Arab Nationalism and British Imperialism

Arab Nationalism and British Imperialism

Arab Nationalism and British Imperialism

Arab Nationalism and British Imperialism

Excerpt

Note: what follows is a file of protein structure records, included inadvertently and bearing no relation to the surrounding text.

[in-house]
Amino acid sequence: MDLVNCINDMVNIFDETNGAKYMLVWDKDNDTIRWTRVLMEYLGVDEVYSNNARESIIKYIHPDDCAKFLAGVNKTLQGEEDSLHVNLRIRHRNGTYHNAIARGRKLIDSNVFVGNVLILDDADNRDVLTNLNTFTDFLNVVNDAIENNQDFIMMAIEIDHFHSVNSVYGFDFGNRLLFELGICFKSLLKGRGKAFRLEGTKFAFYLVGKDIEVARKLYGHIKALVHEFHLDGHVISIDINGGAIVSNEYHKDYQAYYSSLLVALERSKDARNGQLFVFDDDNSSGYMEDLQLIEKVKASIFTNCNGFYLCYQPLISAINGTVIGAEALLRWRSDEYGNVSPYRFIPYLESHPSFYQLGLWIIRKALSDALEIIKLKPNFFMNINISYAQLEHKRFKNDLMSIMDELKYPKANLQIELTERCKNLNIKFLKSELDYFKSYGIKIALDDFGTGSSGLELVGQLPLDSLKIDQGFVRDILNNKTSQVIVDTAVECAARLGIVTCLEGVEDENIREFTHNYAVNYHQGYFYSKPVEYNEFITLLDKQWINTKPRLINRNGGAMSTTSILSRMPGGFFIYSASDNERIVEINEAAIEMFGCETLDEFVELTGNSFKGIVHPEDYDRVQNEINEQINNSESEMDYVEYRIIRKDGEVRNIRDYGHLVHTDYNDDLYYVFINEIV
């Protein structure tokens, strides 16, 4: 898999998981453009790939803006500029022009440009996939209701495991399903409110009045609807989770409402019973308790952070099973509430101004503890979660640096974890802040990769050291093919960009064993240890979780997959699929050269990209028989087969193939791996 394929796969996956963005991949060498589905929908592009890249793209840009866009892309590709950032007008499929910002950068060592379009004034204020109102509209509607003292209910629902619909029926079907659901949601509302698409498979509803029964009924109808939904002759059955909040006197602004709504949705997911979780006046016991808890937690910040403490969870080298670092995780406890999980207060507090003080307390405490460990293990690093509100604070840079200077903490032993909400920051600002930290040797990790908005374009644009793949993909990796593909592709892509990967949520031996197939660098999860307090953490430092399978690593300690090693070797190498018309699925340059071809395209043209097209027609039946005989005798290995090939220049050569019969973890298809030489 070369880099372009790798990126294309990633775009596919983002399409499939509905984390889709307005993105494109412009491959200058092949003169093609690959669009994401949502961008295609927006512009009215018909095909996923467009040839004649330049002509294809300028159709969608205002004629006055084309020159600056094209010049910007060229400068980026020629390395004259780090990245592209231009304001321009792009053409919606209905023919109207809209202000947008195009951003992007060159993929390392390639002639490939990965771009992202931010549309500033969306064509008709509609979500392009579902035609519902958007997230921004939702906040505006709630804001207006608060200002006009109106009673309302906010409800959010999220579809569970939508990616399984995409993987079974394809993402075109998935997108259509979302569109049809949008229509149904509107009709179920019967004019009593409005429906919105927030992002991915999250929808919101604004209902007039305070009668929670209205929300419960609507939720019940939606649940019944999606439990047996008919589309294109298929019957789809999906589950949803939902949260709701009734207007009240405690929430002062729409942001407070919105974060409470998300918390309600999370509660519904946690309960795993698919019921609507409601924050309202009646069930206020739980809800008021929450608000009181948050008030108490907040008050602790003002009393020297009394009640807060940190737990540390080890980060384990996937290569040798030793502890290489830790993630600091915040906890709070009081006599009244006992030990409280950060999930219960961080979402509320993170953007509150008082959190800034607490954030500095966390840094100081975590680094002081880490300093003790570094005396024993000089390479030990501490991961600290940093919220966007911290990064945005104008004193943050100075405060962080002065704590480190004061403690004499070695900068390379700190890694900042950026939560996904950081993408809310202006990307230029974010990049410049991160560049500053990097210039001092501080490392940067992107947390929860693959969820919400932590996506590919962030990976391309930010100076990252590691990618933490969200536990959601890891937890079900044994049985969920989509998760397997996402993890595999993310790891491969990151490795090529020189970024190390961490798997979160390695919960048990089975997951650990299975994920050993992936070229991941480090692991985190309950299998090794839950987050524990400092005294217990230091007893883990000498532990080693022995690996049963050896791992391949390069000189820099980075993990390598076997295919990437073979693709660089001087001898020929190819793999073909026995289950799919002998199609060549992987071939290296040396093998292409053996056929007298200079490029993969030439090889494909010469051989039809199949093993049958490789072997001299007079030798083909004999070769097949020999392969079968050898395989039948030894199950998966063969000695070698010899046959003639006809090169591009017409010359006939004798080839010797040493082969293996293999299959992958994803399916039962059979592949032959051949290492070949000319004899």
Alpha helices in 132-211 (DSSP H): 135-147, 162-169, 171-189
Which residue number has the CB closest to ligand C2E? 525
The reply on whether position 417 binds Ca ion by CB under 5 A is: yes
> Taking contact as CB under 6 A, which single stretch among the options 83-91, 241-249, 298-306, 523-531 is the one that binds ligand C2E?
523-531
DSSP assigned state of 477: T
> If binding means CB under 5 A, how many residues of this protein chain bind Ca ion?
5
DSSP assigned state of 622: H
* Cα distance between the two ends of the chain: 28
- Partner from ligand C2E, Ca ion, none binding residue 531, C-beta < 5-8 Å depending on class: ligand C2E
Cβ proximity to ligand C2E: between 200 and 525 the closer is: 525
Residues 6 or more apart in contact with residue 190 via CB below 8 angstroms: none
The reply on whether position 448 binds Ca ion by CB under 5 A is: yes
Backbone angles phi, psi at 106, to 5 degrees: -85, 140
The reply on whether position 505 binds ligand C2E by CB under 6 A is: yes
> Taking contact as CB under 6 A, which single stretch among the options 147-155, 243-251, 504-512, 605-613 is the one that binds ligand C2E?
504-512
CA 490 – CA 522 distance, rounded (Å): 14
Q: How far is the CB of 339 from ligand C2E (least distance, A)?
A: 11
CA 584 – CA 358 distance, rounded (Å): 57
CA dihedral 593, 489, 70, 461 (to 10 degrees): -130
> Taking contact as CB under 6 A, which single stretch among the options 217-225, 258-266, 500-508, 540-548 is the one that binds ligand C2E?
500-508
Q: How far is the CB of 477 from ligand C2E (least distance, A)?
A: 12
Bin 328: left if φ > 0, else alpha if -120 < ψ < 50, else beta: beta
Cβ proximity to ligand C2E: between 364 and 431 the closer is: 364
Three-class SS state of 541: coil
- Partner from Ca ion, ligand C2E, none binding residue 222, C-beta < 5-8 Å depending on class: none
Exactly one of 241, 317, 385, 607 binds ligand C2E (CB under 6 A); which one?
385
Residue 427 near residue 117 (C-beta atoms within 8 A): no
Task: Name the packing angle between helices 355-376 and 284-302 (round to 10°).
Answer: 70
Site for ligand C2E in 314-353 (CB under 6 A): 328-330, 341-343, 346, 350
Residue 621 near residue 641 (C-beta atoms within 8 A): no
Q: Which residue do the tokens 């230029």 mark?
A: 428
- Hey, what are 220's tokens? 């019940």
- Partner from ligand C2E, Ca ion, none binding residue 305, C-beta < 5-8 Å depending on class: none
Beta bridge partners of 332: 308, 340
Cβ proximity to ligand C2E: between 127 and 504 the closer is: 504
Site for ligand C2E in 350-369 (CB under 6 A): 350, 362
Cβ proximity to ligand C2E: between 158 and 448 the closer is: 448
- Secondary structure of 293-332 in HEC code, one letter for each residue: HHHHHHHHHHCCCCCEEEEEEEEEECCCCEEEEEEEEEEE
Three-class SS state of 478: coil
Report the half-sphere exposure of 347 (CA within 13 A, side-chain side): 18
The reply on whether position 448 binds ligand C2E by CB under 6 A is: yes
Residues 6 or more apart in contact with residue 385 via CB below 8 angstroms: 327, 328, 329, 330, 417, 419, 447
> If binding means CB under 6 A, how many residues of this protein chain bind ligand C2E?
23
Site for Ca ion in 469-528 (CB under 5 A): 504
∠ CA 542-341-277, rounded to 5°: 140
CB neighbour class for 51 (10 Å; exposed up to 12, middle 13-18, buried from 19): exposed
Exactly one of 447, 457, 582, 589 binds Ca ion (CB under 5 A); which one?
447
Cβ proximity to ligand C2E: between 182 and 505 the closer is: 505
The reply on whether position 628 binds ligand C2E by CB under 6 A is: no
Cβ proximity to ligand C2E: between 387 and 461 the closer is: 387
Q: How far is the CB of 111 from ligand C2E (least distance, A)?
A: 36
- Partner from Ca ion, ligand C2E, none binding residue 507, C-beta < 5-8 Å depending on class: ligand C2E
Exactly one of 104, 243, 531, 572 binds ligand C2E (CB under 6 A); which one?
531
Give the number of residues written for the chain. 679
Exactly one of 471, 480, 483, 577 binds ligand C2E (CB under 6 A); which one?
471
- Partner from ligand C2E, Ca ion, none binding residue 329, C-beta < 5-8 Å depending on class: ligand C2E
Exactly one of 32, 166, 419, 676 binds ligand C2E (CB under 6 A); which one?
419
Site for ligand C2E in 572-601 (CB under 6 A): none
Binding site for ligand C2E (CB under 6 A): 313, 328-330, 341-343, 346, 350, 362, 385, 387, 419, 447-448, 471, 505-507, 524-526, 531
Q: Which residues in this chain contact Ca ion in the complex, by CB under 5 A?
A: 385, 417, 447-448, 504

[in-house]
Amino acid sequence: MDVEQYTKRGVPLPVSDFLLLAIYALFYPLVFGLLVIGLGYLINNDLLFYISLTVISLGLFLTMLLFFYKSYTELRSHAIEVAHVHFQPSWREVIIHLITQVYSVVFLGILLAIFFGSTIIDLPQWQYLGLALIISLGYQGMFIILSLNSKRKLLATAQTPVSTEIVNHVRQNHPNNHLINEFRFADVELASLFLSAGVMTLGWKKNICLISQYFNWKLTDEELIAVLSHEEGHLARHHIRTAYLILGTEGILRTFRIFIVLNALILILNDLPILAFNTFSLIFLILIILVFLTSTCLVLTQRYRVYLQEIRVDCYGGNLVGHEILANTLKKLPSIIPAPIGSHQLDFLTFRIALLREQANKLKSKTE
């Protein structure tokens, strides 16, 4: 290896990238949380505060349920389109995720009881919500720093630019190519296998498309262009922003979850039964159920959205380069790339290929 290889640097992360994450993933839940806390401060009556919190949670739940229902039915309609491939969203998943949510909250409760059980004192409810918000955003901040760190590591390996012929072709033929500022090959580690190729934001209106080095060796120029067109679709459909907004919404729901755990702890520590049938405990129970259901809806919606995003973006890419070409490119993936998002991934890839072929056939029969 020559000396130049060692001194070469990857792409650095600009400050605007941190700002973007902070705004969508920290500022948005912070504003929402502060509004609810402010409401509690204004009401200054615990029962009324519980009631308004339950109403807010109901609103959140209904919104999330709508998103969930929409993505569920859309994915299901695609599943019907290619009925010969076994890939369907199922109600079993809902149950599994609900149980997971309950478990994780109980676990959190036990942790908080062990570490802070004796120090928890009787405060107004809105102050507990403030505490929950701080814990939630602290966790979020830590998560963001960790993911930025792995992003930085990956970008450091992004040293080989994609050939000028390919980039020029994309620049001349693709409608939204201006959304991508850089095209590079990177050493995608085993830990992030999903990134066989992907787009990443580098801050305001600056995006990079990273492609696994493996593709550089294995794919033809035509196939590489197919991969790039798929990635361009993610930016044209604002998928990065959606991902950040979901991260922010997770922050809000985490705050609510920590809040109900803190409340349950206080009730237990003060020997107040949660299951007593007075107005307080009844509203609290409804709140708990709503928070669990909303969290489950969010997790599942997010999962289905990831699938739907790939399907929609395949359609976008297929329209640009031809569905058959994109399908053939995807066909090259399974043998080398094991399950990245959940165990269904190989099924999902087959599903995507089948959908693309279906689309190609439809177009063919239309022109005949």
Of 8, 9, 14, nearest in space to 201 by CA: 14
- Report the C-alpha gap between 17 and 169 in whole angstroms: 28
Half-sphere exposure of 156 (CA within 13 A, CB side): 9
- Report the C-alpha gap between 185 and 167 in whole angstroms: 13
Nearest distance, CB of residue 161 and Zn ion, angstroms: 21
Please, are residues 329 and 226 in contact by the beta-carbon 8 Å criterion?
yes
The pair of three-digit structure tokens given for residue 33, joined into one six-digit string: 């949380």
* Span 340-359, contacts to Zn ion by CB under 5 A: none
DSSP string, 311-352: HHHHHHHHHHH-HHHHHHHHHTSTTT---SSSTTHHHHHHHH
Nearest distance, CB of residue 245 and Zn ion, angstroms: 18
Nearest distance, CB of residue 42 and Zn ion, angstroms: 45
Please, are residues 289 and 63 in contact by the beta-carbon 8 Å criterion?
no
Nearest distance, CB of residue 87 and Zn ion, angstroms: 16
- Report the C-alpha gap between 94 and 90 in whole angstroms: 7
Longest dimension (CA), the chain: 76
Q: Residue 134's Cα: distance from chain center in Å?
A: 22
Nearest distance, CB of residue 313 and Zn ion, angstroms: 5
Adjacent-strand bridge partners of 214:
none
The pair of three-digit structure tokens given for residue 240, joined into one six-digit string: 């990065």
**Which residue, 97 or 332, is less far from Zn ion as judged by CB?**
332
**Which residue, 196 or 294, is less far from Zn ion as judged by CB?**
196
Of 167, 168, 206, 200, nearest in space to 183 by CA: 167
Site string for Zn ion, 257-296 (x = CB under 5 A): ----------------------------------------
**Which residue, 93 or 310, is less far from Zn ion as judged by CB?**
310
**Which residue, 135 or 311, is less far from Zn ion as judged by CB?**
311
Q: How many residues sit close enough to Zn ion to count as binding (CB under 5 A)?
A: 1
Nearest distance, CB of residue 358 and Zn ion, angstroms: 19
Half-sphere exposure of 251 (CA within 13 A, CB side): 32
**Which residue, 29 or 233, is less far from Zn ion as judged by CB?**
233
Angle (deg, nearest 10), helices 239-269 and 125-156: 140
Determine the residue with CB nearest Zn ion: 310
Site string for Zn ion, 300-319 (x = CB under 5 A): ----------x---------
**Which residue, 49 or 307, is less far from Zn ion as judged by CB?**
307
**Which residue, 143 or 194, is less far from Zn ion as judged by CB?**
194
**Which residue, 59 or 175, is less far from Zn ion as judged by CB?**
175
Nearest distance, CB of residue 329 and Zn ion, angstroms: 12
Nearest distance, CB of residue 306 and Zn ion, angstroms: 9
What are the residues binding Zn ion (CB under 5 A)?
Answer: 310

During most of the nineteenth century Western European diplomacy was deeply concerned with attempts to preserve the territorial integrity of the Ottoman Empire. During most of the twentieth century it has been at least equally concerned with the problems arising from the collapse of the Ottoman Empire. Foremost among these problems has been that of Western European relationships with the heirs of the Ottoman dominions in Asia and Africa -- the Arabs. The history of these relationships has been the history of Western attempts, first to incorporate the Arab territories into their colonial Empires or 'spheres of influence' and, when this had fared, to bind the newly independent Arab nations into the Western network of alliances. For the Arab territories were regarded by the Western Powers as being vitally important, first because of their geographical position on strategic lines of communication, later because of the oil resources of the Persian Gulf, and always because of the brooding proximity of Russia to the north, potentially or actually threatening both communications and oil supplies. These attempts at direct and, later, indirect domination by the West were resisted, and sometimes compromised with, by local nationalist movements which were gradually reinforced by something like a coherent manifestation of Arab nationalism. In a sense then, Arab nationalism is a reaction to Western pressures, developed out of a growing consciousness of a common interest and of a common tradition.

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